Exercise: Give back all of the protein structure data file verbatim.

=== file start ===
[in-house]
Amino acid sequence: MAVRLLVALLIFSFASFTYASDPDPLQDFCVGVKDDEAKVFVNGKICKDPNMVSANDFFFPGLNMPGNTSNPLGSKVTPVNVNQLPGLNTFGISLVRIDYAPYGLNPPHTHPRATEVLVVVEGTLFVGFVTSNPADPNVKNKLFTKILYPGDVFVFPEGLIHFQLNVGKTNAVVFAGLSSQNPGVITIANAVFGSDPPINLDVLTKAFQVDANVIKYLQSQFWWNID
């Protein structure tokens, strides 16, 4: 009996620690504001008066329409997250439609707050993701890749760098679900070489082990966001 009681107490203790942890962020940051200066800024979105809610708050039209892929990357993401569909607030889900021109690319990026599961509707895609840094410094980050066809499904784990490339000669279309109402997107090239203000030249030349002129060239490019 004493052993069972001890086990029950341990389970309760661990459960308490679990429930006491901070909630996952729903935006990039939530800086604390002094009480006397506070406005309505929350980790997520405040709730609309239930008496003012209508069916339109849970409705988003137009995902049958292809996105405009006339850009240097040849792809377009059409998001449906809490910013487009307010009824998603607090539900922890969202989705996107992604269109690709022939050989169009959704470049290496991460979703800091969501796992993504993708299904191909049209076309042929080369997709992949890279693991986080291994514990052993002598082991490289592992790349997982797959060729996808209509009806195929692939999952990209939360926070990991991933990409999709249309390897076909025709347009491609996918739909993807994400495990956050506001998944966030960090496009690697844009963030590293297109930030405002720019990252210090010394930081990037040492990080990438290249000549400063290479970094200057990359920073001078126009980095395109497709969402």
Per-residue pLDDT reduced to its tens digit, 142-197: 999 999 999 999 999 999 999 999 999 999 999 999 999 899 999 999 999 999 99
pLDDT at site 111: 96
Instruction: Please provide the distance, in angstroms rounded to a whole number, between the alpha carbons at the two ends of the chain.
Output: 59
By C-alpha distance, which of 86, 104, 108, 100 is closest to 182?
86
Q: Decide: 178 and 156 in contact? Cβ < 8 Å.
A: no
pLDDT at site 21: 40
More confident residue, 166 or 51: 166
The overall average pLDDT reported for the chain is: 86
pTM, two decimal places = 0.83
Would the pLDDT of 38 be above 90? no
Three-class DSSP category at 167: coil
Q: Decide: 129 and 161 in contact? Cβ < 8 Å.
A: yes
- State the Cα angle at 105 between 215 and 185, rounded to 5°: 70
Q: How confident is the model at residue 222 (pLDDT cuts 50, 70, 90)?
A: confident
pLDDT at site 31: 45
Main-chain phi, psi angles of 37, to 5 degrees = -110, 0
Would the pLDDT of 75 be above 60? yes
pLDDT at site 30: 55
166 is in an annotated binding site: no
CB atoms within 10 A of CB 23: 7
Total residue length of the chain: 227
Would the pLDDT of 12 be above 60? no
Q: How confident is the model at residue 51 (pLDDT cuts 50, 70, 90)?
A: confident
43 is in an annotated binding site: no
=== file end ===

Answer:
[in-house]
Amino acid sequence: MAVRLLVALLIFSFASFTYASDPDPLQDFCVGVKDDEAKVFVNGKICKDPNMVSANDFFFPGLNMPGNTSNPLGSKVTPVNVNQLPGLNTFGISLVRIDYAPYGLNPPHTHPRATEVLVVVEGTLFVGFVTSNPADPNVKNKLFTKILYPGDVFVFPEGLIHFQLNVGKTNAVVFAGLSSQNPGVITIANAVFGSDPPINLDVLTKAFQVDANVIKYLQSQFWWNID
């Protein structure tokens, strides 16, 4: 009996620690504001008066329409997250439609707050993701890749760098679900070489082990966001 009681107490203790942890962020940051200066800024979105809610708050039209892929990357993401569909607030889900021109690319990026599961509707895609840094410094980050066809499904784990490339000669279309109402997107090239203000030249030349002129060239490019 004493052993069972001890086990029950341990389970309760661990459960308490679990429930006491901070909630996952729903935006990039939530800086604390002094009480006397506070406005309505929350980790997520405040709730609309239930008496003012209508069916339109849970409705988003137009995902049958292809996105405009006339850009240097040849792809377009059409998001449906809490910013487009307010009824998603607090539900922890969202989705996107992604269109690709022939050989169009959704470049290496991460979703800091969501796992993504993708299904191909049209076309042929080369997709992949890279693991986080291994514990052993002598082991490289592992790349997982797959060729996808209509009806195929692939999952990209939360926070990991991933990409999709249309390897076909025709347009491609996918739909993807994400495990956050506001998944966030960090496009690697844009963030590293297109930030405002720019990252210090010394930081990037040492990080990438290249000549400063290479970094200057990359920073001078126009980095395109497709969402």
Per-residue pLDDT reduced to its tens digit, 142-197: 999 999 999 999 999 999 999 999 999 999 999 999 999 899 999 999 999 999 99
pLDDT at site 111: 96
Instruction: Please provide the distance, in angstroms rounded to a whole number, between the alpha carbons at the two ends of the chain.
Output: 59
By C-alpha distance, which of 86, 104, 108, 100 is closest to 182?
86
Q: Decide: 178 and 156 in contact? Cβ < 8 Å.
A: no
pLDDT at site 21: 40
More confident residue, 166 or 51: 166
The overall average pLDDT reported for the chain is: 86
pTM, two decimal places = 0.83
Would the pLDDT of 38 be above 90? no
Three-class DSSP category at 167: coil
Q: Decide: 129 and 161 in contact? Cβ < 8 Å.
A: yes
- State the Cα angle at 105 between 215 and 185, rounded to 5°: 70
Q: How confident is the model at residue 222 (pLDDT cuts 50, 70, 90)?
A: confident
pLDDT at site 31: 45
Main-chain phi, psi angles of 37, to 5 degrees = -110, 0
Would the pLDDT of 75 be above 60? yes
pLDDT at site 30: 55
166 is in an annotated binding site: no
CB atoms within 10 A of CB 23: 7
Total residue length of the chain: 227
Would the pLDDT of 12 be above 60? no
Q: How confident is the model at residue 51 (pLDDT cuts 50, 70, 90)?
A: confident
43 is in an annotated binding site: no